There were two important considerations for placing my silk organza underlining “templates” on the plaid: 1) the orientation of the plaid vertically and 2) the correct placement of the hemline on the grid of theplaid and making this placement work with the position of the waistline and neckline.
I thought the wider, darker part of each woven “block” on the plaid should be oriented to the bottom of the dress, which I believe is apparent above.
I find, when working with plaid, it is very important to have the hemline determined before you cut out your fabric. Visually it is more appealing if the hem does not cut a block of the plaid directly in half or, especially with smaller plaids, end right at the edge of a block. I think it looks better if there is a bit of a “float” around the bottom of the dress to anchor the bottommost blocks. (Larger plaids have their own considerations. Look at the art on the pattern envelope above to observe this.)
One of the design features of this dress is the kick pleat, which has its origin in the back seam starting at the bottom of the zipper. I wasn’t sure how I was going to work the lining around this, but I also thought I could probably figure it out.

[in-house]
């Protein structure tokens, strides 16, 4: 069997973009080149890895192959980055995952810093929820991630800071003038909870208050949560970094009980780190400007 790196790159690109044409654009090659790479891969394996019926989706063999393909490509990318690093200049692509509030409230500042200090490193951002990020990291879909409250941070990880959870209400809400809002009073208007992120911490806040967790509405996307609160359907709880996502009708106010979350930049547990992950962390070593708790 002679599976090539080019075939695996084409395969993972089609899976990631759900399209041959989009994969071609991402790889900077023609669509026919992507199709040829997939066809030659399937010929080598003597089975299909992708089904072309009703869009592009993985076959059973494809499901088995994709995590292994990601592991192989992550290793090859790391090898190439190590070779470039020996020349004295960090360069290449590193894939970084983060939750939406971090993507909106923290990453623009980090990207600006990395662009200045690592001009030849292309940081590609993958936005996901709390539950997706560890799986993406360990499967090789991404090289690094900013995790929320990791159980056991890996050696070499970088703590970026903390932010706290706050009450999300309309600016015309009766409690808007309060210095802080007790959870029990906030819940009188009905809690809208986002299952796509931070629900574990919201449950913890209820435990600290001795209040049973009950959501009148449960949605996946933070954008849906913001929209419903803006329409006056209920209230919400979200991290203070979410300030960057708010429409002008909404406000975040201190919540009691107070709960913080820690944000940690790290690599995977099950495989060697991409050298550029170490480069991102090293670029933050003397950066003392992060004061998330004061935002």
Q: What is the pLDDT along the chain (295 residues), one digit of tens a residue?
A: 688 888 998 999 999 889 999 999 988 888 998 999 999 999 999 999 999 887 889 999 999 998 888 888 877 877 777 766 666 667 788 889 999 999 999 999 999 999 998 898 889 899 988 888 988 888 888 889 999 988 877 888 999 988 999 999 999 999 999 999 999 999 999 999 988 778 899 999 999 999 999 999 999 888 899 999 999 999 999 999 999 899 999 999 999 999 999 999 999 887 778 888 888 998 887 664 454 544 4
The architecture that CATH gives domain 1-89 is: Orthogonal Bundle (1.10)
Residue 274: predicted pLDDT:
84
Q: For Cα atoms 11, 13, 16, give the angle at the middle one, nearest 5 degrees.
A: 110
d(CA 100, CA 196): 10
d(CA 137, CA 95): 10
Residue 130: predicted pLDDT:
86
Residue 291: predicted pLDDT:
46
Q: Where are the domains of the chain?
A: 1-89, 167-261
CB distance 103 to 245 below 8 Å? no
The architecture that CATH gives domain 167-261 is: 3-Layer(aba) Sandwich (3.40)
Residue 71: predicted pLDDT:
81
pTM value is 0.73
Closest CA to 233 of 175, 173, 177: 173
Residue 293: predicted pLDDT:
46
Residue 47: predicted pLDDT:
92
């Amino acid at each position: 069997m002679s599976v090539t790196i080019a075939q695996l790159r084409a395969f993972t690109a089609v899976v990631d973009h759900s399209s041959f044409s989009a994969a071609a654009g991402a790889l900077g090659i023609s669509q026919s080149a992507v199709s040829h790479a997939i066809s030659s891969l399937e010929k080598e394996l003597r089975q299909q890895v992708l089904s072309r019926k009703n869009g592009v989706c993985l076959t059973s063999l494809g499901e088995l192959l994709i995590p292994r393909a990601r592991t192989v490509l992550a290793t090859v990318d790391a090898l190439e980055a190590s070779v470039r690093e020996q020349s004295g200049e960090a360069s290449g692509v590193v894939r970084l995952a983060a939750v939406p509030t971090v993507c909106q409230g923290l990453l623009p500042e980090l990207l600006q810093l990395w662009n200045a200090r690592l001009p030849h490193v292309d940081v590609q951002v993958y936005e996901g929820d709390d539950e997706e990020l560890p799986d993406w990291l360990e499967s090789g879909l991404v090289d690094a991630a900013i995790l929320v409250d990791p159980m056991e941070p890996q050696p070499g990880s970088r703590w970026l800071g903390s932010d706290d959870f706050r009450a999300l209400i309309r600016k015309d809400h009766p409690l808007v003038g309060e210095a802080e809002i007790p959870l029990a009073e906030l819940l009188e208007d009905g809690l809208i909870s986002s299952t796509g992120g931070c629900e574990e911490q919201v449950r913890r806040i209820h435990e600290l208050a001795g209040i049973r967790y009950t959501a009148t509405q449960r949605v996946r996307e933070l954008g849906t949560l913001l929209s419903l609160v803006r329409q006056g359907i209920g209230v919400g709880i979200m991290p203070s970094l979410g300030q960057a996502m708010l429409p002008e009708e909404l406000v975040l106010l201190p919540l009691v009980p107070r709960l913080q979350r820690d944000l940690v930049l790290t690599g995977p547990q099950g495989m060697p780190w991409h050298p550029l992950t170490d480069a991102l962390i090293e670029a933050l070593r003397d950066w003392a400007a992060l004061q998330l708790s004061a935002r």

I loved that fact that this type of kick pleat made the perfect setting for a lapped zipper, shown below.
You will notice this dress has two shaping darts on either side of the front panel, in addition to the bust darts. The back has one shoulder dart and one shaping dart on either side.
All these darts make for such a lovely fit. In addition, I used a trick I have learned from Susan Khalje. Instead of sewing the bust dart into the side seam, I allowed it to float free, stitching the seam above and below the dart. I did this for both the fashion fabric and the lining. Using this method provides more ease to the bust.
I did lower the neckline by about ½ inch, and I cut the shoulders in by about an inch on either side. These changes just seemed to look better on me, as determined by my muslin (toile).